Pick life insurance for your needs
With the multitude of "financial experts" around these days, we are constantly bombarded with advice regarding life insurance. When it comes to buying the best life insurance, the experts usually break down into two camps: The people who believe that permanent life insurance, such as whole life and universal, is the only way to go, and other people who espouse the "buy term and invest the difference" philosophy.
With newspaper columnists giving their view, magazine writers offering a different theory, life insurance professionals and financial consultants giving yet another recommendation, which one is best? The simple answer is: What’s best is what is best for you.
Evaluate the true cost
The chief reason people choose life insurance coverage is for protection, to provide financial security for dependents after the death of the insured. Both permanent, such as whole life, and term insurance can supply that safety net, but which one does it more efficiently?
Term insurance is attractive because it has a lower premium, which often makes it the policy of choice for younger people with limited means and few financial responsibilities. Term insurance offers a fixed death benefit for a specific period, such as one year or five years. At the end of that time, the coverage is usually renewable at a higher premium.
On the other hand, whole life insurance offers a fixed premium for an entire lifetime, a potentially increasing death benefit, and coverage that will not terminate, provided premiums are paid when due. With term insurance’s increase in premium at each renewal, over the course of several decades, the cumulative cost of term coverage may well surpass that of a comparable whole life policy.
In addition, some term policies may require evidence of continued good health with each renewal. If you become unisurable in the future, you may not be able to renew the policy.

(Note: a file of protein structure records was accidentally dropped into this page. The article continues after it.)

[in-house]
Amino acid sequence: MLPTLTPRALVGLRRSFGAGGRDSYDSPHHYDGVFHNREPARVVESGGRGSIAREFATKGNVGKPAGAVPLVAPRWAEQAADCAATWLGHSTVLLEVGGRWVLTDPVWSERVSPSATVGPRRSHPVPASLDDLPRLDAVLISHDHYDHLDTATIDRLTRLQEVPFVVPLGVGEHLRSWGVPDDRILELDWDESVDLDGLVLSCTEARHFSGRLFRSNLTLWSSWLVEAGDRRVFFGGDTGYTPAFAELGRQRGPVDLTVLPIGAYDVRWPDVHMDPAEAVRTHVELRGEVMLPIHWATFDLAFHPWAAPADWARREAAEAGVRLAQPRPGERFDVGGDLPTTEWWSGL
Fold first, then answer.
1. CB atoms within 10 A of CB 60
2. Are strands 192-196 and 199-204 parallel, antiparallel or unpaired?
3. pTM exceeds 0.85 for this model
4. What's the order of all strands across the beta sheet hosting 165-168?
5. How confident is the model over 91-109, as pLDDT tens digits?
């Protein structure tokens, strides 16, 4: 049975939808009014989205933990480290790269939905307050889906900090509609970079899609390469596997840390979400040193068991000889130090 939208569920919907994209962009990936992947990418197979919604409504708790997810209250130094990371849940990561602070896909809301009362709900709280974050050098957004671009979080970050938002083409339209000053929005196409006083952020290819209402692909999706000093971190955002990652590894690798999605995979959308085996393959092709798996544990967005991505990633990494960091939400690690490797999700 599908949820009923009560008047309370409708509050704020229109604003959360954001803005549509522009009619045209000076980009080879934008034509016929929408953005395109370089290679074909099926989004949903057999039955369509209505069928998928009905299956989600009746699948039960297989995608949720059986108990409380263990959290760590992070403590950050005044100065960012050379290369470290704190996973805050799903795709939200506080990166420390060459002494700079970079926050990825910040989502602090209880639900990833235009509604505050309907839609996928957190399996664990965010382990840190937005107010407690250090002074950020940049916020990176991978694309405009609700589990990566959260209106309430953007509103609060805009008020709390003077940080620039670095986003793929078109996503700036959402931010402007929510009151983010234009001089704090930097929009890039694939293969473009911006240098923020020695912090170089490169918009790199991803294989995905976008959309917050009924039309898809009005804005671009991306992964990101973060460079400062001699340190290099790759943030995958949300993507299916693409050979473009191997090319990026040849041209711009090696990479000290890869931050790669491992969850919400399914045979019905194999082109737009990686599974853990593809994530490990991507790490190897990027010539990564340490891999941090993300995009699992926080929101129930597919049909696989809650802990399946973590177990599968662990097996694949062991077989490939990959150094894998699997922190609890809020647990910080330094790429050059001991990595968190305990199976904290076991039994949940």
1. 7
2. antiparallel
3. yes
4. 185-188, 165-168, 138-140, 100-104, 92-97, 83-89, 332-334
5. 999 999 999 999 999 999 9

Know the true value
The well-known analogy of a term policy as renting and a permanent policy as owning life insurance is a good way to illustrate their true values. Unlike term insurance, whole life insurance is a value builder. It accumulates cash value that in the long term can be borrowed against to help fund children’s educations, supplement retirement income, or provide for other needs. In addition, as an owner of permanent insurance, your policy is also eligible to earn dividends, if and when they are declared by the insurer.
Investing the difference
If term insurance is chosen instead of a permanent policy, you’ll have to decide where to invest the leftover money. The success of "buy term and invest the difference" depends largely on where the leftover funds are invested. Stocks, bonds and mutual funds offer the potential of a high return, but one thing is certain: uncertainty. With these investments, your return will vary based on market conditions; and when you sell your investment you may receive more or less than you originally paid.
This potential volatility may not be suitable for some individuals, particularly risk-averse people and mature individuals nearing retirement. In addition, capital gains, dividends and most interest are taxable when distributed. With permanent insurance, your policy accumulates guaranteed cash value on a tax-deferred basis.
When weighing your options, consider whether you will have the discipline and the means to invest regularly. Often people are so burdened with everyday expenses that they neglect to put something aside for the future. If this occurs within a "buy term and invest the difference" framework, the whole strategy collapses. Without the invest component, you’re left with a term policy with no accumulation of funds for the future.
Choosing the most effective way to secure your family’s financial future is a major decision that requires a good deal of thought. For some, "buy term and invest the difference" may be a legitimate option, while for others, permanent insurance is the way to go.
Before jumping into the unknown, discuss your options with an insurance professional from a respected company. Study policy illustrations and ask questions when necessary. If you’re uncomfortable with a scenario presented to you, get a second opinion. There’s no cost or obligation. When you have all the facts, then you can make an intelligent decision on what’s best for you and your family’s financial future.
Kristin Hilderbrand is an associate of The Wilson Agency LLC in Anchorage.